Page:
How many candy worms does Kevin have left? = means is the same as. This is the equal sign again.

Five candy worms take away three candy worms equals If Kevin keeps three candy worms for himself, how many
two candy worms. Kevin has two candy worms and will Michiko get?
Michiko has three. (If you have trouble subtracting, use your hand to cover
up three of the candy worms on the other page. Then
count the candy worms that are left.)
50 51
We use numbers to count things. With numbers we add and subtract.
Numbers also help us talk about differences we see.

Here are two kinds of birds. The toucans are big birds
Sometimes we need to know if things are the same or and the finches are small birds. Count the number of
different. This is called comparing. We compare one toucans. Count the number of finches.
thing with another to see if they are alike or different.
Now compare the numbers. Are there more toucans or
One way to compare is by counting. more finches?
52 53
There are two toucans. There are four finches. The group of finches is bigger than the group of
toucans. If you said there were more finches
than toucans, you were right!

54 55
Sometimes we do not have to count to compare We can tell the difference between big and small,
different things. Sometimes we can just look at tall and short, fast and slow.
things and see their differences.
We know if something is close to us or far away.
Sometimes we can also tell differences in age,
even without numbers.

We can tell
these things
just by
looking. We
can also tell
by using
n numbers if
horse ing Which
Which g the
runnin st?
the ra
far aw e is perso
we want to!
ay? looks
faste the
is oldest
h ich horse ?
W st? Which
young he
56 57
Lets count and compare! Maria is seven years old. Her brother Marco is nine
years old. They are two years apart. Marias cousin Sara
Jan has some stones arranged in a row. is six years old. Maria and Sara are one year apart.
Katya has all her stones in a circle.
Count each ones stones.

They both have the same number of stones.

Each one has seven stones. How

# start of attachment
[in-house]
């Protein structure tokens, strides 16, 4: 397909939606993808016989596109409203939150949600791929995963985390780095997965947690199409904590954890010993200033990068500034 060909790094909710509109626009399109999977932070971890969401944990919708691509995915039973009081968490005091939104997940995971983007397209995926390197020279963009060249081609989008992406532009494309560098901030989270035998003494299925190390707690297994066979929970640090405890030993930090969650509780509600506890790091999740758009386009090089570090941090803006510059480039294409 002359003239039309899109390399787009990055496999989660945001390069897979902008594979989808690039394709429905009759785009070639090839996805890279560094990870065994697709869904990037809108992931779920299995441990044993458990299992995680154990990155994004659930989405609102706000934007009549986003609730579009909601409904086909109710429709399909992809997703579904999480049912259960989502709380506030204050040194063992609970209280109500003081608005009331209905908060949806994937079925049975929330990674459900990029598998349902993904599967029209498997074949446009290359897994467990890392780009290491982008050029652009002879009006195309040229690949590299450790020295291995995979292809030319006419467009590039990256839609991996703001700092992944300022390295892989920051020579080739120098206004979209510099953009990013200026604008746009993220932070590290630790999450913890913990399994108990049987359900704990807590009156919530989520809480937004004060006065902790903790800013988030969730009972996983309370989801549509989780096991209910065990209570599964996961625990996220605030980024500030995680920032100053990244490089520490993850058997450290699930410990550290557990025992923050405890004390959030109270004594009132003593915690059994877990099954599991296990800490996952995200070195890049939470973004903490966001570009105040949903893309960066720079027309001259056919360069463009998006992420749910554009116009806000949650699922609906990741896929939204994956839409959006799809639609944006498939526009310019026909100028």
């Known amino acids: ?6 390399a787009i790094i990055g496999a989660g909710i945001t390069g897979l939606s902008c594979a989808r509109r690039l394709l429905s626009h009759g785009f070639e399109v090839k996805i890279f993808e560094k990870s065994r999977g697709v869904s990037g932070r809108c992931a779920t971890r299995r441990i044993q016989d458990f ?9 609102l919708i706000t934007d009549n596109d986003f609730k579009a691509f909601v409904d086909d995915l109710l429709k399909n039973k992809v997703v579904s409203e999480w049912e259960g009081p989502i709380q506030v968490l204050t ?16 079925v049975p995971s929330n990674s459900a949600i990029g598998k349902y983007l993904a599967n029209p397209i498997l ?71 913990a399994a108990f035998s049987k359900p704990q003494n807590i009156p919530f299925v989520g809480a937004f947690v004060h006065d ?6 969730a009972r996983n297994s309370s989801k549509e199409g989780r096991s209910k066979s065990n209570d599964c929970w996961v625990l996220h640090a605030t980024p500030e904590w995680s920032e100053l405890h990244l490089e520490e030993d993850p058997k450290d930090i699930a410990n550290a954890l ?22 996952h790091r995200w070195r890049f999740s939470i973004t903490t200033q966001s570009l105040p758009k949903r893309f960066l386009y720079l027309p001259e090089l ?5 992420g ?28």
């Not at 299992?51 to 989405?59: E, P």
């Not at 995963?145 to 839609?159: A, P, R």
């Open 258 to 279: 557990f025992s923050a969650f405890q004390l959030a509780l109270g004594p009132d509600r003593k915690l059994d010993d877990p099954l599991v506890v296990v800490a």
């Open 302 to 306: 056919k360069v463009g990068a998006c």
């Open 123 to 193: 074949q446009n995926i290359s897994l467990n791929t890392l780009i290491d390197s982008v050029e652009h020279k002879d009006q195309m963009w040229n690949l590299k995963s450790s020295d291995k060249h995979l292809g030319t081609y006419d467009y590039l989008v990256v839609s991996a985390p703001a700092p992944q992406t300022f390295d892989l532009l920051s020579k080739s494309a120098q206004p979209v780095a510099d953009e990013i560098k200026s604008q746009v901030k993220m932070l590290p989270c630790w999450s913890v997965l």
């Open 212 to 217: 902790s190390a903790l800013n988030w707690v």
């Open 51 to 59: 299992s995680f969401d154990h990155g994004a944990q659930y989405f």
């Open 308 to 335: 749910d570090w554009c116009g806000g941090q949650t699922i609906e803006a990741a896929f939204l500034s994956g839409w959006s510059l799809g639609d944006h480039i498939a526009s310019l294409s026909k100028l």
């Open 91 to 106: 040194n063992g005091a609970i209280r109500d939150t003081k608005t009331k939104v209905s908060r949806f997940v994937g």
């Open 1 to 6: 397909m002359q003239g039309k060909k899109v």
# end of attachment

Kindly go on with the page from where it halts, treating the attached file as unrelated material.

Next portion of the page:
stones many
have? Jan How m
oldest years any
Katya gives two of her stones to Jan. How m
stones any
Who is the
are M part
of all a
and S rco
Who has more stones now? Katya does s the ara?
have? Who i st?

58 59
We count with numbers.
We use numbers to talk about
how old we are and how tall we are.

Telephone numbers and addresses are made of numbers. Knowing about numbers helps us every day.
Numbers help us tell time. They are used for many
other important things too. Learning about numbers is so much fun too!

60 61
10 Fun Ways to Learn about NU M BE R S

NU M BE RS Sticks and Stones Collection

Go for a walk with a friend. As
Name Those Numbers
Here is a good way to practice

add (ad)

to put two or more numbers together so that you end up

1 you walk, collect stones and
small, fallen twigs and branches.
When you get home, count how
many you have of each. Try arranging your
3 your numbersand to see them
in your mind! Partner up with a
friend or family member. Using
your finger, write a number on your
stones in a line from the smallest size to the friends back and see if he or she can see
with a larger number largest. Do the same with the twigs and what it is. If the guess is correct, keep going.
branches. Try arranging them in other ways When your friend guesses wrong, trade
equal sign (EE kwal syne) a symbol meaning that different too: in groups of two or three to practice places and you take a turn guessing what
adding, for example. Glue them to heavy number he or she is drawing on your back.
things are the same in size, number, or paper and number them using a crayon to
amount practice writing numbers. You can make the game a little harder by
writing an arithmetic problem on the other
You can also play without going outside. Try persons back instead. For instance, you
minus sign (MY nuss syne) a symbol that means to collecting different-sized things like buttons, could do an addition or subtraction
take away one number from another coins, pens, and pencils instead. problem. Example: Write a 5 on the
persons back, then an addition sign, then a
Good Guesses 2. See if the person can tell if you are